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UO PSY 202 - Exam 1 Study Guide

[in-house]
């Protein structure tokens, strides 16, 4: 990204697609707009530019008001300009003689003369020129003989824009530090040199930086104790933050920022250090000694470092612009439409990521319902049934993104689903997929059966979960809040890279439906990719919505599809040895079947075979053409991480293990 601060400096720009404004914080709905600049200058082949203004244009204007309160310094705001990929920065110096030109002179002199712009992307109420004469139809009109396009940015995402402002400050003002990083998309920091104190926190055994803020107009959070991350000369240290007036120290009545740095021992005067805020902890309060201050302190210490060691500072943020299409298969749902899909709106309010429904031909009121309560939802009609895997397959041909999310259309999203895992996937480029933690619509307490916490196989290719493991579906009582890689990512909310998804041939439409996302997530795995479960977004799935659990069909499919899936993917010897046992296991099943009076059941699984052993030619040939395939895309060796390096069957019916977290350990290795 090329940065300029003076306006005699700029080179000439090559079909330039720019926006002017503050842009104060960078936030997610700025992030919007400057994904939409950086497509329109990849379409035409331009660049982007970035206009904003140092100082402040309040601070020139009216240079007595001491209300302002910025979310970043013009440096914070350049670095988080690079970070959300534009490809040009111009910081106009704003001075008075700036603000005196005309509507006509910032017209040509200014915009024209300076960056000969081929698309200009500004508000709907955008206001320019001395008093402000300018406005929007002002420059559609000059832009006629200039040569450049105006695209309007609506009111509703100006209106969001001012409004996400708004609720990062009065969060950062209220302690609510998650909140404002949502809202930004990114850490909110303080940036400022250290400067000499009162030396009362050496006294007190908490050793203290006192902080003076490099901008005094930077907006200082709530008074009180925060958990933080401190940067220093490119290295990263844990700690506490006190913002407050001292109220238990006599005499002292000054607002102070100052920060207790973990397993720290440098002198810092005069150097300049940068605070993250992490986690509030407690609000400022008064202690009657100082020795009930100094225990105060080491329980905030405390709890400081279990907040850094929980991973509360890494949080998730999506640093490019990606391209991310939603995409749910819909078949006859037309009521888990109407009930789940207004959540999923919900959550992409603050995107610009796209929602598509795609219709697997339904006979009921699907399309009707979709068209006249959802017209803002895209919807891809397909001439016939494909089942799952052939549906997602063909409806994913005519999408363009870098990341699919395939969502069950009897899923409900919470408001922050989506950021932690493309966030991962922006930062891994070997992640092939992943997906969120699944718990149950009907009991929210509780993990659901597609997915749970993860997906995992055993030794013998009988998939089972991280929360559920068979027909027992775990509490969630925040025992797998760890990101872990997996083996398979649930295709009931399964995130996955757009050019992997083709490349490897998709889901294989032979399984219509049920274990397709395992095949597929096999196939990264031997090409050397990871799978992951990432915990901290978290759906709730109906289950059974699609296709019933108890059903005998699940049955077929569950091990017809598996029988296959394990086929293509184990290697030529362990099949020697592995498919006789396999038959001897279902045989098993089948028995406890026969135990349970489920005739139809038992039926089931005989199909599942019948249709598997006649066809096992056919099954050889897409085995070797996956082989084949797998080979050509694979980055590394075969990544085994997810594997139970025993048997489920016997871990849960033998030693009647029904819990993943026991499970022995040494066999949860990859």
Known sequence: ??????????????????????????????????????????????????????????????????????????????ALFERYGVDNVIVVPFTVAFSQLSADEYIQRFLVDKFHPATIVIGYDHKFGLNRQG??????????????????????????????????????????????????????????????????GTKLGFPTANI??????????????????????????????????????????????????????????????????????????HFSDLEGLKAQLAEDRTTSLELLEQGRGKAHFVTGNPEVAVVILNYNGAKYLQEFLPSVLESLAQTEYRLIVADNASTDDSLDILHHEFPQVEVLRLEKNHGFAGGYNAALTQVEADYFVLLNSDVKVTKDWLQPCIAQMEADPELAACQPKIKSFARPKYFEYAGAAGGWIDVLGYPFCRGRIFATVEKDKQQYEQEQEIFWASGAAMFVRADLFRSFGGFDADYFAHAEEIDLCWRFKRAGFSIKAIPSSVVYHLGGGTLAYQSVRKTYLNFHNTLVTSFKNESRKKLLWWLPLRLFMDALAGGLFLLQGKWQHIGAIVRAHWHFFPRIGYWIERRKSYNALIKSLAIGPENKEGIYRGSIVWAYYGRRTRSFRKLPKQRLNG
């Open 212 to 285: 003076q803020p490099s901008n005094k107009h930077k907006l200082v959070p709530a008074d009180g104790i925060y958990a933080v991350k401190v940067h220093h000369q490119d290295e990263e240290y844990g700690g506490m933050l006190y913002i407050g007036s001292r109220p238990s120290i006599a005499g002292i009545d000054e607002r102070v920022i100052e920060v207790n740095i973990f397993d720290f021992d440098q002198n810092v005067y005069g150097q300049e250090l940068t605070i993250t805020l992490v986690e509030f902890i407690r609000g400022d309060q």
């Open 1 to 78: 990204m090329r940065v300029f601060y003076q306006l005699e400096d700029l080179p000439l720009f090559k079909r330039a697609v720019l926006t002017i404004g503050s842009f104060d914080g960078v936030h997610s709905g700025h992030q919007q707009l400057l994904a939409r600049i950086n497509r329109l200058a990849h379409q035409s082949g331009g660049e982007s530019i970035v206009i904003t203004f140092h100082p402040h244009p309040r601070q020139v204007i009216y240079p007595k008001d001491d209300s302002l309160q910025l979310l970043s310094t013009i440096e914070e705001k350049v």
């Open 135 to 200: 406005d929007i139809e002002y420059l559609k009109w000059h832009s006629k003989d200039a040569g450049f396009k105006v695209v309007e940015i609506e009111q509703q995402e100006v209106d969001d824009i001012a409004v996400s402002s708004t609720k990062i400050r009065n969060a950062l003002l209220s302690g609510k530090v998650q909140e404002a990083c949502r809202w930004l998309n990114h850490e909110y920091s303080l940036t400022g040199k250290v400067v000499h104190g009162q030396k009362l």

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PSYCH 202 1st Edition Exam # 1 Study Guide Lectures: 1-9Chapter 1 Introduction to psychology.Describe the differences between a psychiatrist and a clinical psychologist. Describe the differentterms of psychology. Psychiatrist/Psychologist:- Psychiatrists are medical doctors (MDs) and can prescribe medication.- Clinical psychologists have PhDs and go to graduate school in psychology.Types of psychological terms:- A case study is an indepth observation of one person or a small group- t heory: proposed set of principles to organize and explain a phenomenon- hypothesis: proposed, testable relationship between two or more variables. - categorical variables: values are different members of a category- continuous variables : values vary in magnitude along some dimension - Outcome variable: variable hypothesized to show a difference when value of predictor is changed - Predictor variable: variable that is hypothesized to be associated with change in outcome- manipulated variables: predictor variables that the researcher controls and changes.- True experiment: Experimenter manipulates (controls and changes the value of) the independent variable; everything else is held constant or is randomized.- independent variable- variable the experimenter manipulates while holding other variables constant and using random assignment - dependent variable – variable whose value is hypothesized to vary according to value of independent variable Chapter 2 Types of Studies and Data collection.What are the different types of studies in psychology? What are some ways of collecting data?Types of Studies:- Longitudinal: same subjects over time- Cross-sectional: analysis of data collected from a population at one point in time- Case studies: an in-depth study of a single person or group.- Correlational: seeing if two things are connected Ways of data collecting:- Descriptive: research such as case studies, naturalistic observations and surveys are often used when it would be impossible or difficult to conduct an experiment.- Experimental: are used to demonstrate causal relationships between variables. In an experiment, the researcher systematically manipulates a variable of interest and measures the effect on another variable. Unlike correlational studies, which can only be used to determine if there is a relationship between two variables, experimental methods can be used to determine the actual nature of the relationship.- CorrelationalChapter 9Developmental Psychology.What did Piaget theorize about cognitive development? What are the differences in critical and sensitive periods of language?Piaget:According to Piaget, children are born with a very basic mental structure on which all learning and knowledge is based. His stages are sensorimotor, preoperational, concrete operational, and formal operational.Language:- Critical periods: “windows of time” in the development of an organism during which some particular development must occur. If it’s critical, the developmental change absolutely will not occur after that point. - sensitive periods: periods when a developmental change is most efficient, effective, but change can occur outside the period. Chapter 10Motivation.What are some mechanical cues about eating? What is Maslow’s theory of motivation?Mechanical cues to eat:- stomach walls contract (but not very important)- glucose and lipid sensors in blood- social cuesMaslow’s Hierarchy of Needs:5. Self-actualization4. Esteem3. Affiliation 2. Safety & security1. Basic, physiologicalChapter 11Psychology and health.What are the different types of stress responses? What are the two types of eating disorders and what causes them? Types of Stress responses:- Selye’s General Adaptation Syndrome: Stage 1: alarm reaction…..Fight or flight- Taylor’s “tend and befriend” alarm reaction: under stress, affiliate with and care for othersEating Disorders:Bulimia:- mostly women (90%)- seems to be related to anxiety, depression, impulse controlAnorexia:- mostly women- prevalent in adolescence, young adulthood- seems to be related to obsessive compulsion disorder and perfectionism- more of a genetic


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